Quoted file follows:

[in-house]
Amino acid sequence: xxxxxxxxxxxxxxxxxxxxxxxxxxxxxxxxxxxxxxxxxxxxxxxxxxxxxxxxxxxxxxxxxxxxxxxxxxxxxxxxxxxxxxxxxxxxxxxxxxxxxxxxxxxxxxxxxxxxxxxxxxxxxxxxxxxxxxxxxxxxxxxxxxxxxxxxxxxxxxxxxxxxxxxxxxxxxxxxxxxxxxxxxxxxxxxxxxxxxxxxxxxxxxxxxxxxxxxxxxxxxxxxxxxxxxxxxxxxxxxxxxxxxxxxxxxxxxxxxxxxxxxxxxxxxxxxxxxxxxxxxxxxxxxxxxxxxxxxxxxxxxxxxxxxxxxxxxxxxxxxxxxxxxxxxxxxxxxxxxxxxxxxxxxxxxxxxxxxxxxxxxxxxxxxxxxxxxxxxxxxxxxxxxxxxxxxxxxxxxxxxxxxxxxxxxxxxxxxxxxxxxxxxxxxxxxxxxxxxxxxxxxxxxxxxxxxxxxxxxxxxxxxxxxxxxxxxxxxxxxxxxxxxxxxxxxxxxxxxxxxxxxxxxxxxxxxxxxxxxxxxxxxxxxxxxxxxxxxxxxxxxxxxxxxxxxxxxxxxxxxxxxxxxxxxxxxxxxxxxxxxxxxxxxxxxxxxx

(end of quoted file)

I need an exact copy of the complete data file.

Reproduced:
[in-house]
Amino acid sequence: xxxxxxxxxxxxxxxxxxxxxxxxxxxxxxxxxxxxxxxxxxxxxxxxxxxxxxxxxxxxxxxxxxxxxxxxxxxxxxxxxxxxxxxxxxxxxxxxxxxxxxxxxxxxxxxxxxxxxxxxxxxxxxxxxxxxxxxxxxxxxxxxxxxxxxxxxxxxxxxxxxxxxxxxxxxxxxxxxxxxxxxxxxxxxxxxxxxxxxxxxxxxxxxxxxxxxxxxxxxxxxxxxxxxxxxxxxxxxxxxxxxxxxxxxxxxxxxxxxxxxxxxxxxxxxxxxxxxxxxxxxxxxxxxxxxxxxxxxxxxxxxxxxxxxxxxxxxxxxxxxxxxxxxxxxxxxxxxxxxxxxxxxxxxxxxxxxxxxxxxxxxxxxxxxxxxxxxxxxxxxxxxxxxxxxxxxxxxxxxxxxxxxxxxxxxxxxxxxxxxxxxxxxxxxxxxxxxxxxxxxxxxxxxxxxxxxxxxxxxxxxxxxxxxxxxxxxxxxxxxxxxxxxxxxxxxxxxxxxxxxxxxxxxxxxxxxxxxxxxxxxxxxxxxxxxxxxxxxxxxxxxxxxxxxxxxxxxxxxxxxxxxxxxxxxxxxxxxxxxxxxxxxxxxxxxxxx